Albums

4401 albums sorted by Bestsellers and filtered by Symphonic Music
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Symphonies - Released October 1, 1996 | Deutsche Grammophon (DG)

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Symphonies - Released August 24, 2018 | Deutsche Grammophon (DG)

Hi-Res Booklet Distinctions 4F de Télérama - Diapason d'or / Arte - 5 Sterne Fono Forum Klassik - Preis der deutschen Schallplattenkritik - 5 étoiles de Classica
The Second Symphony by Leonard Bernstein, The Age of Anxiety, based on a poem of the same name by W. H. Auden, is a work of the composer-conductor's relative youth, dating from 1948-1949, when he was just turning thirty. The symphony is presented as a series of variations, but not variations around an initial theme. No: each variation takes on elements of the previous variation, varies in turn, and so on. It brings to mind an unbroken metamorphosis. As one might imagine, Bernstein mixes classical symphonic elements with jazz, in particular in the solo piano passage – tackled here by Krystian Zimerman, who had the good fortune to perform with Bernstein several times. In its own way, it is a kind of homage to the centenary of the composer's birth: as Zimerman mentions in the liner notes, Bernstein asked him if he wanted to play this symphony with him for his hundredth birthday. And he almost keeps the promise, although the orchestra is the Berlin Philharmonic, under Sir Simon Rattle. © SM/Qobuz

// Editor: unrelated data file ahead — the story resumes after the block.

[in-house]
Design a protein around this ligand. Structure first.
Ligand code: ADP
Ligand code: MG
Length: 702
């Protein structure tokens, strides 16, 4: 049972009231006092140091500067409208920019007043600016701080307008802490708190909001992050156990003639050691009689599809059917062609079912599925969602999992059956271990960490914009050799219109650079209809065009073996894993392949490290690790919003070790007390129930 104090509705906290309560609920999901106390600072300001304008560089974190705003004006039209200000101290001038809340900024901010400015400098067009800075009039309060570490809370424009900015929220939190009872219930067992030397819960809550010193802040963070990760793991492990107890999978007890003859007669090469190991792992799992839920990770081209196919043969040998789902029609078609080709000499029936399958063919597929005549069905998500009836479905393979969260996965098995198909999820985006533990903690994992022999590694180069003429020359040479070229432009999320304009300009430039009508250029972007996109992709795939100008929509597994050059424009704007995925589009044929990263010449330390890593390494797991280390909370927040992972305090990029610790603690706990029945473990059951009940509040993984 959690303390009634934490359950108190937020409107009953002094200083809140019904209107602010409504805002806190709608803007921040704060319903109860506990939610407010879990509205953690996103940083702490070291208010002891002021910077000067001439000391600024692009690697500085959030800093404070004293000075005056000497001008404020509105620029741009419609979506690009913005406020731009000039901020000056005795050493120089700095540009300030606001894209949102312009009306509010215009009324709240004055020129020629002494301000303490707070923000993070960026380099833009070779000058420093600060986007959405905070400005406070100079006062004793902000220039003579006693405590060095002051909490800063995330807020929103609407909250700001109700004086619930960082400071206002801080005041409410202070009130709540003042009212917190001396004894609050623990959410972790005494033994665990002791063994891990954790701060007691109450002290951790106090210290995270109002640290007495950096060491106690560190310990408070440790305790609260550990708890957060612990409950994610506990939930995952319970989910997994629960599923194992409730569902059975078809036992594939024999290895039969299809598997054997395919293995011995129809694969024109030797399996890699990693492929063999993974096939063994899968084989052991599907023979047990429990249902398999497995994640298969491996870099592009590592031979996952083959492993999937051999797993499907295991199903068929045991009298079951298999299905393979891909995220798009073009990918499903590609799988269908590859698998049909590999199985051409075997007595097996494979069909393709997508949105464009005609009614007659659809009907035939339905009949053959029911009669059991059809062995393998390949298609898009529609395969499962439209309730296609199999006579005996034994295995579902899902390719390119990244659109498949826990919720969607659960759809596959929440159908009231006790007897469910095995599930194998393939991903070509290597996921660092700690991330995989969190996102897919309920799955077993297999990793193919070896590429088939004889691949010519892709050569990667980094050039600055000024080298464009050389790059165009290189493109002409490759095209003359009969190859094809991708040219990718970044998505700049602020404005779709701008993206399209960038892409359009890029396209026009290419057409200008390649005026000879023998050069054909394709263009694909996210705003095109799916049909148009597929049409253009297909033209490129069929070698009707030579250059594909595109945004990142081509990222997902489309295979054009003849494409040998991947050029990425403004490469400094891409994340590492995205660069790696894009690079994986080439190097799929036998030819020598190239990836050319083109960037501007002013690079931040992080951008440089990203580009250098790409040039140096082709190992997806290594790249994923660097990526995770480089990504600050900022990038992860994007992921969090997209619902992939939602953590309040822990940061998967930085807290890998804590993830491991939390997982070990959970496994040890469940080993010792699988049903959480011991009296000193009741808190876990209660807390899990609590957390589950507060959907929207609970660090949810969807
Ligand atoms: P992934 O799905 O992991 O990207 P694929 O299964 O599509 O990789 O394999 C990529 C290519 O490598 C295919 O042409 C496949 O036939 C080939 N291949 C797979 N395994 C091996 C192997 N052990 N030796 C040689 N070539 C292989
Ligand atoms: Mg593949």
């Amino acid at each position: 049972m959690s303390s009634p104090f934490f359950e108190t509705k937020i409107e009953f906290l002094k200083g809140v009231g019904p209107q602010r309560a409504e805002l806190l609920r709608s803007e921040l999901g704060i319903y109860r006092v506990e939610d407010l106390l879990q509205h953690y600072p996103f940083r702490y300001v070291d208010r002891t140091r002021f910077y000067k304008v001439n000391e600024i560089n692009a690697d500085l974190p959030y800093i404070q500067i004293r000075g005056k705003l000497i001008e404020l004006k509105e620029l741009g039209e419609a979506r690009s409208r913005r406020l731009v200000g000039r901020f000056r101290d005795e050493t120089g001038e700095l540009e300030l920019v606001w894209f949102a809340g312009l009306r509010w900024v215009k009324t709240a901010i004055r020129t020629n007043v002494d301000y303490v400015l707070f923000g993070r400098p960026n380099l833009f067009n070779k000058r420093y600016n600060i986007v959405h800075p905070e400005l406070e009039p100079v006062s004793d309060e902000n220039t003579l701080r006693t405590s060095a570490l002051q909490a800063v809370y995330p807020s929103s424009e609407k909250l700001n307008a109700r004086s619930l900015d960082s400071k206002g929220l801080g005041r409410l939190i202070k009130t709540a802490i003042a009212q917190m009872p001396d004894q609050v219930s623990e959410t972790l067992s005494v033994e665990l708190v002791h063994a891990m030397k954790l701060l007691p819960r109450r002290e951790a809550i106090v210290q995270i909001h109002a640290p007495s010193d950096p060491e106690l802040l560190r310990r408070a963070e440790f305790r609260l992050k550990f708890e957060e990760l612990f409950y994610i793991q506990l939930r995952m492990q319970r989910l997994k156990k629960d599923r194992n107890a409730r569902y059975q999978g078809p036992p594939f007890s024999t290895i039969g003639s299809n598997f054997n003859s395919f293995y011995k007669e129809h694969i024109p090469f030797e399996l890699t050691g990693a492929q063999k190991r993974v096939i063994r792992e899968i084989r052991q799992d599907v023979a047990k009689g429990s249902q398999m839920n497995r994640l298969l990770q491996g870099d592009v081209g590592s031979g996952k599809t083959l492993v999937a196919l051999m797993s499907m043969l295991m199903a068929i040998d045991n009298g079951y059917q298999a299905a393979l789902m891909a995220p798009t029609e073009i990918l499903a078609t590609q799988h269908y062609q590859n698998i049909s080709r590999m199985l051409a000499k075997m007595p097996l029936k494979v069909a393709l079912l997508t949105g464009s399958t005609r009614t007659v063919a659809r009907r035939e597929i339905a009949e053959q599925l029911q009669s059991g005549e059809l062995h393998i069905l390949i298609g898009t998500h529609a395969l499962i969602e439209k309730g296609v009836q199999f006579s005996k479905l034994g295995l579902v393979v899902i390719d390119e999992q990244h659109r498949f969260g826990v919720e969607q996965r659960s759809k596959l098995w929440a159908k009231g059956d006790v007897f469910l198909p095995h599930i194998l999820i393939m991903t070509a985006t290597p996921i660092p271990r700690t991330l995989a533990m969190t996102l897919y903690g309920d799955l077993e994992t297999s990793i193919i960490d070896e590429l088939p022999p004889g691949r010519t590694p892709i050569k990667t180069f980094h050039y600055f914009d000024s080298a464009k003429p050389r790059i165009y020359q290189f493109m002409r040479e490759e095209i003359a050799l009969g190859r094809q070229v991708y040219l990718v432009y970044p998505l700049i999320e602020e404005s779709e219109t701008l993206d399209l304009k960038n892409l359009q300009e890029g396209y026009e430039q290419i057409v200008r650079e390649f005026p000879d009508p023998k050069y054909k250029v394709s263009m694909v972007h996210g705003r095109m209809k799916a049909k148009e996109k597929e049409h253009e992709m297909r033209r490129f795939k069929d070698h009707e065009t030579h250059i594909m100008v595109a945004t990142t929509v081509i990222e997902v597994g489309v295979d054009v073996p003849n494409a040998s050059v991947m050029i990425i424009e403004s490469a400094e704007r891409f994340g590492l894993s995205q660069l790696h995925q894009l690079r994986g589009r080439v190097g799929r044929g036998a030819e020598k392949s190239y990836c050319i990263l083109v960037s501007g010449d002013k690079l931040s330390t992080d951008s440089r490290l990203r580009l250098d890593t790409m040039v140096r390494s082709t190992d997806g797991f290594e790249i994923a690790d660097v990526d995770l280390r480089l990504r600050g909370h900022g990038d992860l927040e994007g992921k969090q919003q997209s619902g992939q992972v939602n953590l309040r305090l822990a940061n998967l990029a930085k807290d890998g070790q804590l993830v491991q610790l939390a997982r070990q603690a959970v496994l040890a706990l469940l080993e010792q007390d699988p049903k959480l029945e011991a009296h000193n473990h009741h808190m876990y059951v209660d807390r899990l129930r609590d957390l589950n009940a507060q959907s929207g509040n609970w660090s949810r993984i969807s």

Symphonic Music - Released November 3, 2017 | Chandos

Booklet Distinctions Diapason d'or - Gramophone Editor's Choice - Qobuzissime - 5 étoiles de Classica